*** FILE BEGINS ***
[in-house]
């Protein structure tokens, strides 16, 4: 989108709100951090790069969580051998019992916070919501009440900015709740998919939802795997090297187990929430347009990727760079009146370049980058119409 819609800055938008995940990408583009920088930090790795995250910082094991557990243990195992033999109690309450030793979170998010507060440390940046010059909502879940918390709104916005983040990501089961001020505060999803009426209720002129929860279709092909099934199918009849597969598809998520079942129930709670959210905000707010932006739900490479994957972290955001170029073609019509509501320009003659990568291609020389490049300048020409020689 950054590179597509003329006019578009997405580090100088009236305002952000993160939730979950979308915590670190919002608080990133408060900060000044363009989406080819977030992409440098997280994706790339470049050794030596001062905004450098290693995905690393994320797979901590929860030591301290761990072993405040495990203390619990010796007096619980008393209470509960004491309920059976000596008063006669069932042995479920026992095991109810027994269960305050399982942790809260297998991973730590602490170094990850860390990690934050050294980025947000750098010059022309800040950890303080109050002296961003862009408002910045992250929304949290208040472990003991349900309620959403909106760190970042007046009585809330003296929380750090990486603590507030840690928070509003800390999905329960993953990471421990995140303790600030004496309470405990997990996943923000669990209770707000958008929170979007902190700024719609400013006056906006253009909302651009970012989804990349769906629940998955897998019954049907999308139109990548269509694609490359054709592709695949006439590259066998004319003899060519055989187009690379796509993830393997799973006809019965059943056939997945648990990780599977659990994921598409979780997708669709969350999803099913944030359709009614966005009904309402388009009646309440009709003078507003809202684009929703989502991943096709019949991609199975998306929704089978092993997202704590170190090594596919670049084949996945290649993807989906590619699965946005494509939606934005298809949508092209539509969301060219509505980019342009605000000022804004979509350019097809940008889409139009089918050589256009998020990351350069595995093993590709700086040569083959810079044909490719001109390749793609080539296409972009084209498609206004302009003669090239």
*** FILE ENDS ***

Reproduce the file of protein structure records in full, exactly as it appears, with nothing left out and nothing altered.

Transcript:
[in-house]
């Protein structure tokens, strides 16, 4: 989108709100951090790069969580051998019992916070919501009440900015709740998919939802795997090297187990929430347009990727760079009146370049980058119409 819609800055938008995940990408583009920088930090790795995250910082094991557990243990195992033999109690309450030793979170998010507060440390940046010059909502879940918390709104916005983040990501089961001020505060999803009426209720002129929860279709092909099934199918009849597969598809998520079942129930709670959210905000707010932006739900490479994957972290955001170029073609019509509501320009003659990568291609020389490049300048020409020689 950054590179597509003329006019578009997405580090100088009236305002952000993160939730979950979308915590670190919002608080990133408060900060000044363009989406080819977030992409440098997280994706790339470049050794030596001062905004450098290693995905690393994320797979901590929860030591301290761990072993405040495990203390619990010796007096619980008393209470509960004491309920059976000596008063006669069932042995479920026992095991109810027994269960305050399982942790809260297998991973730590602490170094990850860390990690934050050294980025947000750098010059022309800040950890303080109050002296961003862009408002910045992250929304949290208040472990003991349900309620959403909106760190970042007046009585809330003296929380750090990486603590507030840690928070509003800390999905329960993953990471421990995140303790600030004496309470405990997990996943923000669990209770707000958008929170979007902190700024719609400013006056906006253009909302651009970012989804990349769906629940998955897998019954049907999308139109990548269509694609490359054709592709695949006439590259066998004319003899060519055989187009690379796509993830393997799973006809019965059943056939997945648990990780599977659990994921598409979780997708669709969350999803099913944030359709009614966005009904309402388009009646309440009709003078507003809202684009929703989502991943096709019949991609199975998306929704089978092993997202704590170190090594596919670049084949996945290649993807989906590619699965946005494509939606934005298809949508092209539509969301060219509505980019342009605000000022804004979509350019097809940008889409139009089918050589256009998020990351350069595995093993590709700086040569083959810079044909490719001109390749793609080539296409972009084209498609206004302009003669090239």